Plants & Gardens Blog

Native Virginia Bluebells Blooming

What could be more lovely than a clear sunny spring day, the fresh green shoots of plants juxtaposed against a powder-blue sky? The flowers of Virginia bluebells (Mertensia virginica) are as if tiny pieces of that sky came floating down to earth, giving us a fleeting glimpse of the heavens. Emerging from the earth with precocious energy, the foliage is at first tinged with deep purple margins, eventually giving way to soft arching flower stems that bear those ethereal bells of rapture. The flower buds fade quickly from pink when closed to azure blue when open. This species is robust and easy to cultivate in moist, rich woodland soils. It prefers the cooler temperatures of spring and goes yellow and dormant rapidly once the heat of summer arrives.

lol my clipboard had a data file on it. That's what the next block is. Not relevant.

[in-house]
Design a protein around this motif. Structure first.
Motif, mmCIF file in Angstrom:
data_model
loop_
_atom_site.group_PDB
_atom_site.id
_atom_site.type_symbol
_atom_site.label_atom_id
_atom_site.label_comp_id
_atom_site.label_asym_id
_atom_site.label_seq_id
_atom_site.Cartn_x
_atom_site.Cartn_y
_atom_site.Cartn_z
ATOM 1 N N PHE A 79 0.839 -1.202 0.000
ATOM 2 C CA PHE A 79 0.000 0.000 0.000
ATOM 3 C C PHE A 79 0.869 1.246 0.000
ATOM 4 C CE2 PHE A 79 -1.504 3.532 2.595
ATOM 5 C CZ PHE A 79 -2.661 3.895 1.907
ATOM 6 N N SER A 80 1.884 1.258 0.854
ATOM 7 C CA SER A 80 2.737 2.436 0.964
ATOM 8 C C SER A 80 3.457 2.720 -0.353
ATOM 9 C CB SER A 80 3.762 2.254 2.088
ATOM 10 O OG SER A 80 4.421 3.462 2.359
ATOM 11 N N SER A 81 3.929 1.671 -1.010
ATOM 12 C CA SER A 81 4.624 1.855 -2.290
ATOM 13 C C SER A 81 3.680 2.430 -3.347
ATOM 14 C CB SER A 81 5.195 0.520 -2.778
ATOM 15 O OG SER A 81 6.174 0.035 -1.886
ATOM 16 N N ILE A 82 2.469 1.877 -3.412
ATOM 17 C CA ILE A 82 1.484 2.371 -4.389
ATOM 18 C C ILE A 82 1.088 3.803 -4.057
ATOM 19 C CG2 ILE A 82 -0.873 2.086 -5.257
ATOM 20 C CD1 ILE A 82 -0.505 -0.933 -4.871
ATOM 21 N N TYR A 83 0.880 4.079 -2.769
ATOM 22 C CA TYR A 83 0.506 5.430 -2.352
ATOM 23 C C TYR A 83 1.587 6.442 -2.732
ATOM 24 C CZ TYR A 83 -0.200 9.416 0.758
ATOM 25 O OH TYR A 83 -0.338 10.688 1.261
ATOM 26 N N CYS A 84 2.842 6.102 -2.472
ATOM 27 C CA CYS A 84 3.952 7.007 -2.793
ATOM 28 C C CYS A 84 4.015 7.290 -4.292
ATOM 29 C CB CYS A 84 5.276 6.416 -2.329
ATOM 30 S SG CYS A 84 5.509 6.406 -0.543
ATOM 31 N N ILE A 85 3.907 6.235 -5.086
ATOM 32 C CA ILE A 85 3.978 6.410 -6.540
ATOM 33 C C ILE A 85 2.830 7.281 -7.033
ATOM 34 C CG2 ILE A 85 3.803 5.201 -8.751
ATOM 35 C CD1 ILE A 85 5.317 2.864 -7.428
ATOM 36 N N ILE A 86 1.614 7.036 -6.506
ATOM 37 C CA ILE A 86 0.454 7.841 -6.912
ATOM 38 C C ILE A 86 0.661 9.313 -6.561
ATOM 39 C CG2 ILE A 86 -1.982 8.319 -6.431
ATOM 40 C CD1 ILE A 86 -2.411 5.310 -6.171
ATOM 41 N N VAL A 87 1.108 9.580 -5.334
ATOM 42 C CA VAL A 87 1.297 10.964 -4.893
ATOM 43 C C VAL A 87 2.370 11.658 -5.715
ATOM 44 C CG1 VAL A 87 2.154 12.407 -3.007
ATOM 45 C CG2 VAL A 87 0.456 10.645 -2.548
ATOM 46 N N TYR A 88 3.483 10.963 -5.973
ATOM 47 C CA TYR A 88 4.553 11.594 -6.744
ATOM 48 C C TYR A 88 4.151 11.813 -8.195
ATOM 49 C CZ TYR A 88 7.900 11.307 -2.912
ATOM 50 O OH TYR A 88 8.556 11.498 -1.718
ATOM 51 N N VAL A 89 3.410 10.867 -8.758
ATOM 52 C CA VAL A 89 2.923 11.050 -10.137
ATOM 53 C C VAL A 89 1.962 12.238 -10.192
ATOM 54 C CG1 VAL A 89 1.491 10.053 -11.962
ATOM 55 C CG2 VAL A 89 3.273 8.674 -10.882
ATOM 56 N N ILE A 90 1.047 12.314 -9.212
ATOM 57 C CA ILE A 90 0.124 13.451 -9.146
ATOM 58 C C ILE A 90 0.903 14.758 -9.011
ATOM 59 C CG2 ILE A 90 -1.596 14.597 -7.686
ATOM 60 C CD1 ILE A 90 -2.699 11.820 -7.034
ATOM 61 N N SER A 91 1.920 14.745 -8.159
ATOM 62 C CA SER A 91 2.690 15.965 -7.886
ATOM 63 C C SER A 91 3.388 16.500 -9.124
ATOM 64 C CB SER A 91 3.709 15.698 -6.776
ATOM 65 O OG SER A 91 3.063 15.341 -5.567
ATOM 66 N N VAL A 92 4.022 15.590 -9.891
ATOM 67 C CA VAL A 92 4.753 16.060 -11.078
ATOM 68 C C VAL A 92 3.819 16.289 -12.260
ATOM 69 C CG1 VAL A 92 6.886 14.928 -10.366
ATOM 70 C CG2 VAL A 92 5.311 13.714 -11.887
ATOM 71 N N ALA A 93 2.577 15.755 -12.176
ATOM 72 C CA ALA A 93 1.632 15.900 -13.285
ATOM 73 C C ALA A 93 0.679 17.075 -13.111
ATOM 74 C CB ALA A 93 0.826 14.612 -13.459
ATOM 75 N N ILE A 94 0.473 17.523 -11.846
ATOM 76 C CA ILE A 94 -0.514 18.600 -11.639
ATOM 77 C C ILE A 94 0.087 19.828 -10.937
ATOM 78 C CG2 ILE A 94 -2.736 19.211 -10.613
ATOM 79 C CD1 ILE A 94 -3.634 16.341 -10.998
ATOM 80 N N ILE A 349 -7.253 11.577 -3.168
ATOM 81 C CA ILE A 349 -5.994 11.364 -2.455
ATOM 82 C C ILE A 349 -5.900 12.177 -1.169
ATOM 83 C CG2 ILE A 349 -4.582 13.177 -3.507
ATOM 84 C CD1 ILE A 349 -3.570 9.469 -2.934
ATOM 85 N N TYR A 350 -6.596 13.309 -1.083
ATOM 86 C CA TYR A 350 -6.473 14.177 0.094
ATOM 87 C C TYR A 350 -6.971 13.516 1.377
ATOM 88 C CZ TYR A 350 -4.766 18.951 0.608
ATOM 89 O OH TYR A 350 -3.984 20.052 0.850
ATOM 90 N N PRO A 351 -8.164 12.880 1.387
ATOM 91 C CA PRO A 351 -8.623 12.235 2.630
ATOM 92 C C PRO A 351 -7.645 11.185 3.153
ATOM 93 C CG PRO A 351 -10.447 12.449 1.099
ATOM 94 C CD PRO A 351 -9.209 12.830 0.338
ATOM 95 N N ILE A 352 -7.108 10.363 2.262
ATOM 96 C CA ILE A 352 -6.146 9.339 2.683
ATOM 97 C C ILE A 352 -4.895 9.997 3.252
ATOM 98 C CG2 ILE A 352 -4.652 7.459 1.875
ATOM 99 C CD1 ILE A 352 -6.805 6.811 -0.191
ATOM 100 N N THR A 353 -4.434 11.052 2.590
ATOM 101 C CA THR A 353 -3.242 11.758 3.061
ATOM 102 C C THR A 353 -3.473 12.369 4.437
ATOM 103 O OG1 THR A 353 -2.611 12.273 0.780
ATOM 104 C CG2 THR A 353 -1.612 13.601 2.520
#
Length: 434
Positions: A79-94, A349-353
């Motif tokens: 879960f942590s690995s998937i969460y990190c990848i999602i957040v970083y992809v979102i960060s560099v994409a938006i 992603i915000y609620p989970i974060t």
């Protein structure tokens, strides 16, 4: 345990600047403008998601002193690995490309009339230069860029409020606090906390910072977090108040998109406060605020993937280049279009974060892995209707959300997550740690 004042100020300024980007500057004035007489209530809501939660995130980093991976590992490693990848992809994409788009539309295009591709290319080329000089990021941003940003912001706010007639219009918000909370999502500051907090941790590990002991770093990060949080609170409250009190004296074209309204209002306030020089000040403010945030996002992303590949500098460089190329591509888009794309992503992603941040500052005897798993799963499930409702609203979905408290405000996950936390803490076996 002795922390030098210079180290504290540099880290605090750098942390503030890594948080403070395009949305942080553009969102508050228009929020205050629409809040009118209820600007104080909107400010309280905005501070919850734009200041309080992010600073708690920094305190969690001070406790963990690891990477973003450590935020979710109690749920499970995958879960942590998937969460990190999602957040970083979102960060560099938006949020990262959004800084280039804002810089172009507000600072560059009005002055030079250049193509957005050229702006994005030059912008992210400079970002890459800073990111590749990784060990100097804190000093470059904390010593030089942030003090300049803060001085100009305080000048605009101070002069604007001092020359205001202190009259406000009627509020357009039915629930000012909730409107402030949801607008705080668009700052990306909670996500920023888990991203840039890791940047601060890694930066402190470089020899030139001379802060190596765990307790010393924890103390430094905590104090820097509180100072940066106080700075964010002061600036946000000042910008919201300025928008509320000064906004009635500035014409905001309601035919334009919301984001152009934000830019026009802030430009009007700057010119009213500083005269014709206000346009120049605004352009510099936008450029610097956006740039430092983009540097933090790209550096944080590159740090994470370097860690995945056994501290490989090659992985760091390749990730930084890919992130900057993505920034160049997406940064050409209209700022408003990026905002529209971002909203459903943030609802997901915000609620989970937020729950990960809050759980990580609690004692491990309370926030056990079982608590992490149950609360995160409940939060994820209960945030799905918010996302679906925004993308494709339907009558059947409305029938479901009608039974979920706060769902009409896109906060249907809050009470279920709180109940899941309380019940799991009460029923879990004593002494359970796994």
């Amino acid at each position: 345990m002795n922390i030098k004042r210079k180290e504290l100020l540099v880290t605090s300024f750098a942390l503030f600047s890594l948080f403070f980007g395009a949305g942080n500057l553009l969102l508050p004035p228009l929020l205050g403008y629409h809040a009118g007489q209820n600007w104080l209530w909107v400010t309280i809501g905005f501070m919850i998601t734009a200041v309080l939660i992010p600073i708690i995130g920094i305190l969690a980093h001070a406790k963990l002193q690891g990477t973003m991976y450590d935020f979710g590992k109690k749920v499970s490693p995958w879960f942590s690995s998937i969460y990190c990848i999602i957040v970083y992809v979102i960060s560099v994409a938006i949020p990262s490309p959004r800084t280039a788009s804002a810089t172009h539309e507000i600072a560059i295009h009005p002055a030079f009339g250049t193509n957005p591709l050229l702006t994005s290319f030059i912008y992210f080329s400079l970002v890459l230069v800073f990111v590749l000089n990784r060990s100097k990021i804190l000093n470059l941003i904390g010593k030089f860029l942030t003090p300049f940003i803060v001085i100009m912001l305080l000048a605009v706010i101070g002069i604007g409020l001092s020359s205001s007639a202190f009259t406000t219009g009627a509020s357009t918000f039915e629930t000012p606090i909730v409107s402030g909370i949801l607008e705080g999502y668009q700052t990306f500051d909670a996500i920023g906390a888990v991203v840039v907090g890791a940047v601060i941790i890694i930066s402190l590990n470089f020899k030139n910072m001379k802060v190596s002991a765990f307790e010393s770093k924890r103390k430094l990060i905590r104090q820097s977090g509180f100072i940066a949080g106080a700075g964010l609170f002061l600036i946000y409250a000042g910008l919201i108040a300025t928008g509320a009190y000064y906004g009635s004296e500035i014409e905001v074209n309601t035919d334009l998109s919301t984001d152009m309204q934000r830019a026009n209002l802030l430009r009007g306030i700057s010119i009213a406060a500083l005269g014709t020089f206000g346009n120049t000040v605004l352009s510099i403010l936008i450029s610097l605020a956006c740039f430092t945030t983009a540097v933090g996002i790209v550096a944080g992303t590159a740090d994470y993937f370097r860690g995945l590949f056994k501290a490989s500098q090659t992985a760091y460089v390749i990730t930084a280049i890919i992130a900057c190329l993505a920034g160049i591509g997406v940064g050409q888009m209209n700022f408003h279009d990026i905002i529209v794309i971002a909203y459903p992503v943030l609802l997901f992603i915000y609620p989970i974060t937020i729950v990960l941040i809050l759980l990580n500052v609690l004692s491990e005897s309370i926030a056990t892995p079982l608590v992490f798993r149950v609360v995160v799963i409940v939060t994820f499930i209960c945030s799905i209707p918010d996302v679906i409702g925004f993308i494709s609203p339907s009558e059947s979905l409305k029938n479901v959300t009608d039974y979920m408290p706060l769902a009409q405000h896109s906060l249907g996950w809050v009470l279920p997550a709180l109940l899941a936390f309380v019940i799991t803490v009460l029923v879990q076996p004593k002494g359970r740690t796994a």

Uli Lorimer is director of Horticulture at Garden In The Woods, in Framingham, Massachussettes. Previously, he was curator of BBG's Native Flora Garden.


  • Ellen Minet, Rosarian, Planting Fields Arboretum June 13, 2013

    I grew up in rural Virginia years ago and never saw a bluebell! Years later a friend also living on the North Shore of Long Island gave me one, which I thought had died. To my delight it came up the next year and now blooms in profusion among my shrubs, roses, and anywhere else I allow it! What a beautiful springtime delight and how fascinating to see the speed with which it grows. I give a lot of them away, but always with the warning, “If you can’t stand a messy look for a short time, don’t take one. Nature has its messy moments and bluebells are very natural!”

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